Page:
While Kolsch has become popular as a light and refreshing beer enjoyed around the world, and particularly in the US, it also has a long and fascinating tradition and history in Cologne, Germany. For centuries it has been lovingly brewed and guzzled down by the gallons, kept alive by its endless popularity and rich traditions, and also by Germany’s world-famous beer-making standards.
What Is Kolsch Beer? What Is The History Of Kolsch Beer?
Kölsch, marketed internationally as “Kolsch”, is a style of German beer that originated in Cologne, Germany, between the early 17th century and late 18th century.
Kölsch has a light and clear appearance, with a golden yellow hue. It should not be confused with Hefeweizen weissbier though, which is a very different pale German wheat beer that comes from Bavaria.
In the decades leading up to 1750, brewers in Cologne were finding themselves in a losing battle against the more popular bottom-fermented beer brewers in Germany. So, in response, they developed a successful hybridized method. This allowed them to maintain their style of top-fermented brewing while also matching the success of their competitors. The product of this method later came to be known as Kölsch and has remained a well-loved staple beer in Germany ever since.
Kölsch was first given its name in 1918, after the city of Cologne, “Köln” in an old German dialect, and to officially commemorate the renowned Sünner brewery for keeping the style alive since 1906.
In 1997, the Kölsch style became protected in Germany and the EU, as a PGI, protected geographical indication. Much like French champagne, a “true Kölsch” must be made within a 50 km radius of the city of Cologne, as prescribed by the Kölsch Konvention, and the members of the Kölner Brauerei-Verband.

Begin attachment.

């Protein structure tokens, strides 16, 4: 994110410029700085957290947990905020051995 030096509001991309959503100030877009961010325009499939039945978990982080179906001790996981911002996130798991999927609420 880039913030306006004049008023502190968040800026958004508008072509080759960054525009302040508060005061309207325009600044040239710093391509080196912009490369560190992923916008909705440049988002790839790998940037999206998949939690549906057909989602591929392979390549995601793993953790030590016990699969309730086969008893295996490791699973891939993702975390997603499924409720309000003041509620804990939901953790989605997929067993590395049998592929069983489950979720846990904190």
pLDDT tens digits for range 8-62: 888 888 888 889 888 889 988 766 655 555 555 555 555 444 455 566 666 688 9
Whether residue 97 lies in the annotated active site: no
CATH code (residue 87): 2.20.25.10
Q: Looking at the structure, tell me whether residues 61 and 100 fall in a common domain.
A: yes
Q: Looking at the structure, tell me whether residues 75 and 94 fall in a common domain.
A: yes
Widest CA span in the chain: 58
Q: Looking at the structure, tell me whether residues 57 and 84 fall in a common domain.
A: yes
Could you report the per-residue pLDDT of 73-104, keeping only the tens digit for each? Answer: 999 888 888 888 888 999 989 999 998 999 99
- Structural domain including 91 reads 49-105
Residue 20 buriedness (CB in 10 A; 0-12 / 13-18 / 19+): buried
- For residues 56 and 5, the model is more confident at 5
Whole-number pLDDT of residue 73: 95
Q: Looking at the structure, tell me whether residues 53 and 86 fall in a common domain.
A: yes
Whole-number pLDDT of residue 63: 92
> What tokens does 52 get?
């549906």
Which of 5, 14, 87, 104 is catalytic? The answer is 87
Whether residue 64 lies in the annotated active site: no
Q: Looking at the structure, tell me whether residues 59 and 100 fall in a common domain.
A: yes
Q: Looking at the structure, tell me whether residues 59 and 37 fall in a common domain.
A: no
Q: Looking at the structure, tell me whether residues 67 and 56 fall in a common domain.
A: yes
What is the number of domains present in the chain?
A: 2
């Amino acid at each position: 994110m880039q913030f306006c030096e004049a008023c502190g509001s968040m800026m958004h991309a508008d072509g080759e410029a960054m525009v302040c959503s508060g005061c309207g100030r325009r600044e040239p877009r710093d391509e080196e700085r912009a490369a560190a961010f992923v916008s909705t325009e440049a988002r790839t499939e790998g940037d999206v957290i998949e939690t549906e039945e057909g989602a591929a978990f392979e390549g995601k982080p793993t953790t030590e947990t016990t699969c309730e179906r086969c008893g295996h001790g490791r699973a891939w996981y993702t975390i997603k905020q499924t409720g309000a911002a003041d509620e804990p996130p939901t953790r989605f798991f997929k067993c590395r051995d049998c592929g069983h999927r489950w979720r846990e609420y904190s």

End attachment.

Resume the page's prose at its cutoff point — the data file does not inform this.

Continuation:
Is Kolsch An Ale Or A Lager?
Kolsch is essentially a type of German pale ale that is cold conditioned like a lager. Cold conditioning is a cooling process that clears the beer and stops the fermentation process, helping it mature over a period of a few weeks. A similar process is used to create Düsseldorf’s altbier.
What Is The Difference Between A Kolsch And A Pilsner?
Though they share some similarities, at the end of the day, Kolsch is an ale, while pilsner is a lager.
The main difference between ales and lagers is the yeast that is used. Lagers are brewed at colder temperatures using bottom-fermenting yeast strains, while ales are brewed with top fermenting yeast, and at warmer temperatures.
Lagers also undergo the “lagering” cooling process from which they are named. While Kolsch has a similar lagering process, it is, however, the fermenting process that distinctly sets it apart as an ale.
Also, unlike pilsner and other lagers, Kolsch has yeast esters that give it a lighter, more fruity taste.
Is Kolsch A Wheat Beer?
In Germany, Kolsch is brewed in strict accordance with the Reinheitsgebot. This is a 500-year-old set of German beer-making standards that state that only barley, hops, yeast, and water, should be used to make beer. Though many fine beers have since been made counter to the Reinheitsgebot, including in Germany, Kolsch beer, however, is traditionally still made in accordance with it.
In the US, however, and in other parts of the world, various breweries not held under the standards of the Reinheitsgebot have been using wheat and other non-traditional ingredients to make their own variants of Kolsch beer.
How Are Kolsch Beers Made?
Kolsch beer has a very distinct definition in Germany, in terms of how it should look and how it’s made. According to the Kölsch Konvention, it is a clear, pale, hoppy beer, golden-yellow in colour, that is brewed using top-fermenting yeast, and in accordance with the Reinheitsgebot.
It employs a hybridized process of first top-fermenting like an ale, and then cooling and ageing the beer in a process similar to lager and other bottom-fermented beer.
What Does Kolsch Beer Taste Like?
Though Kolsch is technically an ale, it can be reminiscent in taste to a pilsner, though less bitter and with a slightly lower alcohol content. It is generally enjoyed for its own unique and refreshing light hoppy taste, though, with a slight malty aroma and aftertaste, and delicate notes of fruit and brisk.
Are Kolsch Beers Bitter Or Fruity?
Carefully chosen hops used in Kolsch beer provide it with a fairly low level of bitterness compared to other beers. Fruity notes of pear or grape add to its refreshing lightness.
What Is Cherry Kolsch?
Cherry Kolsch is a popular new variant made elsewhere in the world, such as in the US. It combines the bright, refreshing Kolsch taste with an added blend of cherry. The higher level of sugar also provides a greater carbonation level, giving the drink the refreshing fizzy quality of cherry cola.
How To Best Serve Kolsch Beer? & In What Kind Of Glass?